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Useful And/Or Interesting Data

(More will be added from time to time)


HORSEPOWER
  

Horsepower is a unit used to express the power (rate of doing work)
of an engine in the imperial system of measurements.  The term horsepower was first used
by the Scottish engineer James Watt.  He used it to compare the power of steam engines to the power of horses.
The term was later used to express the power of such devices as car engines, jet engines, electric motors, and nuclear reactors.
One horsepower is defined as 550 foot-pounds of work per second, or 33,000 foot-pounds of work per minute.
One foot-pound is the work needed to lift one pound one foot.  The metric unit of power is the watt.
One horsepower equals 745.7 watts 

If an engine lifts a 550-pound object to a height of 2 feet in 1 second,
it is working at a rate of 1,100 foot-pounds per second (550 X 2 divided by 1 = 1,100).
This engine is delivering 2 horsepower (1,100 divided by 550 = 2).  If a 150-pound man climbs
to a height of 88 feet, he does 13,200 foot-pounds of work (150 X 88 = 13,200).  If the man makes this
climb in 1 minute (60 seconds), he is working at a rate of 4/10 horsepower (13,200 divided by 60 = 220; 220 divided by 550 = 4/10).
A person who is accustomed to hard work can work at a rate between 1/10 and 1/8 horsepower continuously during an 8-hour day. 

The power of an engine was measured in indicated horsepower, or brake horsepower.  It is now usually measured in watts. 

Indicated horsepower is a measurement of the power produced inside the cylinders of an engine.
The power in foot-pounds per minute is first calculated by multiplying together the average pressure on the pistons,
the area of each piston, the length of the piston's stroke, the number of power strokes per minute,
and the number of cylinders in the engine.  This power must be divided by 33,000 to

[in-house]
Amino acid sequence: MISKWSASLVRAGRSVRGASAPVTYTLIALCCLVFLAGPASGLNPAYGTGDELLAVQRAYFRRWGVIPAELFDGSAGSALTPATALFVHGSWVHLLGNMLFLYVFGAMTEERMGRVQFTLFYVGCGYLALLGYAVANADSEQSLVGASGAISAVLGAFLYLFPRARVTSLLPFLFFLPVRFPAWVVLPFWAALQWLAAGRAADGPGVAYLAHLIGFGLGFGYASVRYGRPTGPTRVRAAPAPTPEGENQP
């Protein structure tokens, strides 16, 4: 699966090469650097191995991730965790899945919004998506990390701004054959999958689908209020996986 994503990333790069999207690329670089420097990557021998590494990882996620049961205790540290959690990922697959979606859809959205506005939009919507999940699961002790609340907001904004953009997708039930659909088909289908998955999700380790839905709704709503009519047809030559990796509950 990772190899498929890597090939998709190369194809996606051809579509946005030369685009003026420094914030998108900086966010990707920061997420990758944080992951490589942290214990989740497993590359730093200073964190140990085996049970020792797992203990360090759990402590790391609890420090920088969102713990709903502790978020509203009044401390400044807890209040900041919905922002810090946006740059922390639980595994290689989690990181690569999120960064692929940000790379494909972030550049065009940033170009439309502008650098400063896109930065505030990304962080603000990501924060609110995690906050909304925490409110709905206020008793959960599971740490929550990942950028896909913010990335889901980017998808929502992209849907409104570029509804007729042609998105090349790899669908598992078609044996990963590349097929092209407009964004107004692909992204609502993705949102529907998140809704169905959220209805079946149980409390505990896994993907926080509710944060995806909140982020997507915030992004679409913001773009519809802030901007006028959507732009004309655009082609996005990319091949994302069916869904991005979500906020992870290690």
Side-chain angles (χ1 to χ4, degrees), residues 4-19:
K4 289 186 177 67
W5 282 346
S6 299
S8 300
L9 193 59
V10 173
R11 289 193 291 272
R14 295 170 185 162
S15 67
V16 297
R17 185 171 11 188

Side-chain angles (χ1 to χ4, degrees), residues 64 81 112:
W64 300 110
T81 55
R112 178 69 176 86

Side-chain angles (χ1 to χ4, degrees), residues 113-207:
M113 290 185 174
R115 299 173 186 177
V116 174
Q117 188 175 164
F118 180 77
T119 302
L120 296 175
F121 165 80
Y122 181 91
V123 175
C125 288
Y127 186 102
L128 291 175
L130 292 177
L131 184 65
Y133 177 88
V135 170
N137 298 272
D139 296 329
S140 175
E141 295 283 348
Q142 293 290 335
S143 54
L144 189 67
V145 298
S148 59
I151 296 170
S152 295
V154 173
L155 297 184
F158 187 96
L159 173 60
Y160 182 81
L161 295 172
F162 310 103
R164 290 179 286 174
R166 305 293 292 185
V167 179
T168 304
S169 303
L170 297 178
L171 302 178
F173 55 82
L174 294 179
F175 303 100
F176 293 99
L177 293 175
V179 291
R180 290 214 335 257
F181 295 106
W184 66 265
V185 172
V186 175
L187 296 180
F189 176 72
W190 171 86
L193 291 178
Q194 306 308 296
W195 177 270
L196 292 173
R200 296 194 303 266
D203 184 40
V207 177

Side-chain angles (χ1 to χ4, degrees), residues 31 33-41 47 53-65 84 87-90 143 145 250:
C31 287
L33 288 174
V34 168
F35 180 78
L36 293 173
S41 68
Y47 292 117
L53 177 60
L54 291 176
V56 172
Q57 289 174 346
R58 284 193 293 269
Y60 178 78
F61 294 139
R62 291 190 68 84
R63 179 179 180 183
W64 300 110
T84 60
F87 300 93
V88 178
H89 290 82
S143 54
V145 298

give the engine's indicated horsepower. 

Brake horsepower is sometimes called effective horsepower, because it is the amount of power available at the engine's shaft.
Brake horsepower is measured by a dynamometer.  This instrument measures the engine's speed and the torque
(amount of twist) exerted by its shaft.  It is lower than indicated horsepower because friction in the
engine wastes part of the power produced in the cylinders.


Thread Types

There are many different types and sizes of threads.  Listed here are a few you may have heard of.

Nowadays the most common threads are metric.  When our stationary engines were
made the old British threads were used.  Without doubt the most useful
spanner I have in my toolbox is a very old 1/2" AF (Across Flats).

 

BSW British Standard Whitworth - This was the first standardised thread form.  Sir Joseph Whitworth proposed this thread in 1841.
BSF British Standard Fine - Since 1908 this thread, in conjunction with BSW has been the mainstay of British Engineering, and was used when finer pitches were required.
BSB British Standard Brass - Because brass tubing has a uniform wall thickness, irrespective of the tube diameter, any thread cut on  it, would have to have the same depth, so 26 tpi is standard on all diameters.
BA British Association - In the 1890's, the British Association for Advancement of Science (BA) realised there were no English screw thread standards for small electrical and scientific equipment, so they proposed the BA system loosely based on the Thury threads already in use in Europe (hence the metric sizes).
UNC Unified Course - This thread was standardised in 1918.
UNF Unified Fine- This thread was also standardised in 1918.
UNEF Unified Extra Fine - This thread was used for special purposes.